The improvements achieved under the QOF were preceded by previous investments in primary care and quality improvement capacities, including the computerization of medical records systems, which may have prepared UK primary care practices to respond to quality incentives.13,17–19 Evidence from the first year of the QOF suggest that such investments did prepare UK primary care practices with expectations of 75% achievement rates for clinical indicators exceeded by the median reported achievement rate of 83.4%. For diabetes and coronary artery disease (CAD), average quality measurement achievement rates were 80.1% and 85.7%, respectively.14 Many of these measures reward the documentation and organization of care and these are the areas that could be expected to have improved in response to previous quality improvement efforts in the UK. Similar investments in primary care capacity were not made in the USA during this same period. Understanding differences in practice-level quality between the two countries prior to major P4P initiatives is of crucial importance for understanding the effects of such initiatives across the 2 health care systems. However, no studies have compared practice-level quality of care and care documentation in the USA and UK in the period just before implementation of the QOF.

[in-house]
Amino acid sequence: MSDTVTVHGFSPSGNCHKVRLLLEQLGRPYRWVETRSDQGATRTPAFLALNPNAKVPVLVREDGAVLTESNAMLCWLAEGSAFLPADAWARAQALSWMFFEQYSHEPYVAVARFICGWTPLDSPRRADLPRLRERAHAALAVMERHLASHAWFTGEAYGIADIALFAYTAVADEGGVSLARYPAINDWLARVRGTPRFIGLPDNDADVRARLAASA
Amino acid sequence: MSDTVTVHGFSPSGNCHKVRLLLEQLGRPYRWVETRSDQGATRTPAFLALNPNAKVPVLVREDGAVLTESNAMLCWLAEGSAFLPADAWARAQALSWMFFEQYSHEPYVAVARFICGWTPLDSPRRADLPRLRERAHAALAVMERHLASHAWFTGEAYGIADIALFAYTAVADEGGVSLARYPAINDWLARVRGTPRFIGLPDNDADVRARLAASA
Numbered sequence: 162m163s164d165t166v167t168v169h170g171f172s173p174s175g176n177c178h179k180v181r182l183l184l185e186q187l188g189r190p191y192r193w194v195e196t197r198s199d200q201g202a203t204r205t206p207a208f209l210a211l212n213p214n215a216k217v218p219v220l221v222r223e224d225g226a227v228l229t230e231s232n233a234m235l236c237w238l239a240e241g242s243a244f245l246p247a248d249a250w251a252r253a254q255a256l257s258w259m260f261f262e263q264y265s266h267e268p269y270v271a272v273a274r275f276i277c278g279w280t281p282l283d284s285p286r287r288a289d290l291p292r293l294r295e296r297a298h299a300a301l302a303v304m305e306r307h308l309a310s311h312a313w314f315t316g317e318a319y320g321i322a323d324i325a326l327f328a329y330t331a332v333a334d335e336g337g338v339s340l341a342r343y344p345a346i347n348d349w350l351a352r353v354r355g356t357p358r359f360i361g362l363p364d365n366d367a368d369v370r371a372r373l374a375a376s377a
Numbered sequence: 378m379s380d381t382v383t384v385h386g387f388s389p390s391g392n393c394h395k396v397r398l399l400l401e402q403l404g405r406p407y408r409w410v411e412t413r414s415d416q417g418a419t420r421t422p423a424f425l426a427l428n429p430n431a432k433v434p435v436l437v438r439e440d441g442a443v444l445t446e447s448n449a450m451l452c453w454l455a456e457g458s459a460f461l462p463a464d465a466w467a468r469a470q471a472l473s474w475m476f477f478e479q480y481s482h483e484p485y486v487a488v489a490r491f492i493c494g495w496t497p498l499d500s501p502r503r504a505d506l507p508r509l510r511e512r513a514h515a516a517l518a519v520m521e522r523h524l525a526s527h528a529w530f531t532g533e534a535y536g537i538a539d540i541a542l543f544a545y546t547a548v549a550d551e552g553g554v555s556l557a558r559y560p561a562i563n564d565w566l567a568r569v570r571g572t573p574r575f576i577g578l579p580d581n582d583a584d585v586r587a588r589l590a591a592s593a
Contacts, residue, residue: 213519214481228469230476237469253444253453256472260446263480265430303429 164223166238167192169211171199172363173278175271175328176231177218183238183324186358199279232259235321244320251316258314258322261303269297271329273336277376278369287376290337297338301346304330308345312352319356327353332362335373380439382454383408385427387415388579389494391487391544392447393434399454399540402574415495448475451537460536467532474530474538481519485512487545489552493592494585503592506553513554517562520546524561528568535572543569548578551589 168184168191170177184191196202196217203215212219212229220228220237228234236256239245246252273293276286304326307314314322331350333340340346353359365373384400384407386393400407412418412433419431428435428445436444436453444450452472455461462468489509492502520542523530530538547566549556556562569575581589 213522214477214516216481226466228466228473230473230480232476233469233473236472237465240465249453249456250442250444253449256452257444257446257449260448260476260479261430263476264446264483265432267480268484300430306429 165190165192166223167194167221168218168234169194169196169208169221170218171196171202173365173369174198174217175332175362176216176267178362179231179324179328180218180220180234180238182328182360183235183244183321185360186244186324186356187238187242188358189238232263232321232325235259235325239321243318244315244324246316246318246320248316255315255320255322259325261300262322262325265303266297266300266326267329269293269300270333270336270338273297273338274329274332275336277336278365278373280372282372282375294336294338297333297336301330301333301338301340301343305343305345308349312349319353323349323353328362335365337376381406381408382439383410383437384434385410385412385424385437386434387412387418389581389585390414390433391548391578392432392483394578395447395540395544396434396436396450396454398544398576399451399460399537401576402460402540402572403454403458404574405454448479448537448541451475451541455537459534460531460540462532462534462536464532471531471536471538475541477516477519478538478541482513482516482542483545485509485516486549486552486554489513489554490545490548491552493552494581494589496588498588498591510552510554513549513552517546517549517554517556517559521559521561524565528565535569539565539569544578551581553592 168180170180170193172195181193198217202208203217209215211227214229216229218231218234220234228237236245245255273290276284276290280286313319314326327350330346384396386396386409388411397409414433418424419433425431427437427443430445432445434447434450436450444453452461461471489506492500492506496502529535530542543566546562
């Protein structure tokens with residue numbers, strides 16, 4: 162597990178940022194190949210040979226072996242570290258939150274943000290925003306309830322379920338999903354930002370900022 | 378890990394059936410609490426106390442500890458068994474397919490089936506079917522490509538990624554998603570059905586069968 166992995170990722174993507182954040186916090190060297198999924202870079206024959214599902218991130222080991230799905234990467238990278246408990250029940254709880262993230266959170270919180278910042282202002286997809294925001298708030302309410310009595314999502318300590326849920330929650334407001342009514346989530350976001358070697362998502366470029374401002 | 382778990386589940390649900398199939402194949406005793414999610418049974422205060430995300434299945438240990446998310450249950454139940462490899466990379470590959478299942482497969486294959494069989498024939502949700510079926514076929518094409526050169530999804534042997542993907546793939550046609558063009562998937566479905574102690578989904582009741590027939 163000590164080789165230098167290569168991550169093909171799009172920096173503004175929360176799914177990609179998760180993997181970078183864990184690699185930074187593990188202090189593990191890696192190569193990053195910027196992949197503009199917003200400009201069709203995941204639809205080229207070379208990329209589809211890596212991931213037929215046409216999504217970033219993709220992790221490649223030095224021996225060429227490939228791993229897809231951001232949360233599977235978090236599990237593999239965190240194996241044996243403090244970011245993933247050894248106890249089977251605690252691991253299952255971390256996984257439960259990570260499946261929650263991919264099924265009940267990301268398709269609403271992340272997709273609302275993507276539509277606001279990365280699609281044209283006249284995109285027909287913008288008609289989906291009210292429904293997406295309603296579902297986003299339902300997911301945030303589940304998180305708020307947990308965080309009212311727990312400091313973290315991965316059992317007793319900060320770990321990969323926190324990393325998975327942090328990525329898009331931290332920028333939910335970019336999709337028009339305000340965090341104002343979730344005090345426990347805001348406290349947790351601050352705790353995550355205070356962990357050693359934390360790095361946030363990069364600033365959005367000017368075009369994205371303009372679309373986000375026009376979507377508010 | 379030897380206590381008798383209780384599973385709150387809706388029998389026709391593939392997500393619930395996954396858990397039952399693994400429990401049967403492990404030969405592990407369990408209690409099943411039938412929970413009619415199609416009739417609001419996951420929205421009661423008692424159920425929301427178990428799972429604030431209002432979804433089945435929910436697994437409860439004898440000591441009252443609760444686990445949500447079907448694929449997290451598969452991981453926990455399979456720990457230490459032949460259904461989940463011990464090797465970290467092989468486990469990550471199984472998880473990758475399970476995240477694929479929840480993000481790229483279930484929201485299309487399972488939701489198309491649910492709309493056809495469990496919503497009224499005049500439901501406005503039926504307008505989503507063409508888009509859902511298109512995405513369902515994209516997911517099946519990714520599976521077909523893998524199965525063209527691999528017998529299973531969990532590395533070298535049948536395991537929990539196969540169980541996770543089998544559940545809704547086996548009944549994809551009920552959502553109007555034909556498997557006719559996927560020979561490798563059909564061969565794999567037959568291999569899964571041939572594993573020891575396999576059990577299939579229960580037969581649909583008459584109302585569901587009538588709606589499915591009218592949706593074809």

We compare samples of US and UK primary care practices on both process of care and intermediate outcomes typically targeted in P4P programs such as the QOF during a 1-year period prior to the advent of major P4P initiatives in either country. This comparison provides an opportune baseline for comparing the relative preparedness for reporting and improving P4P quality measures of primary care practices in these settings.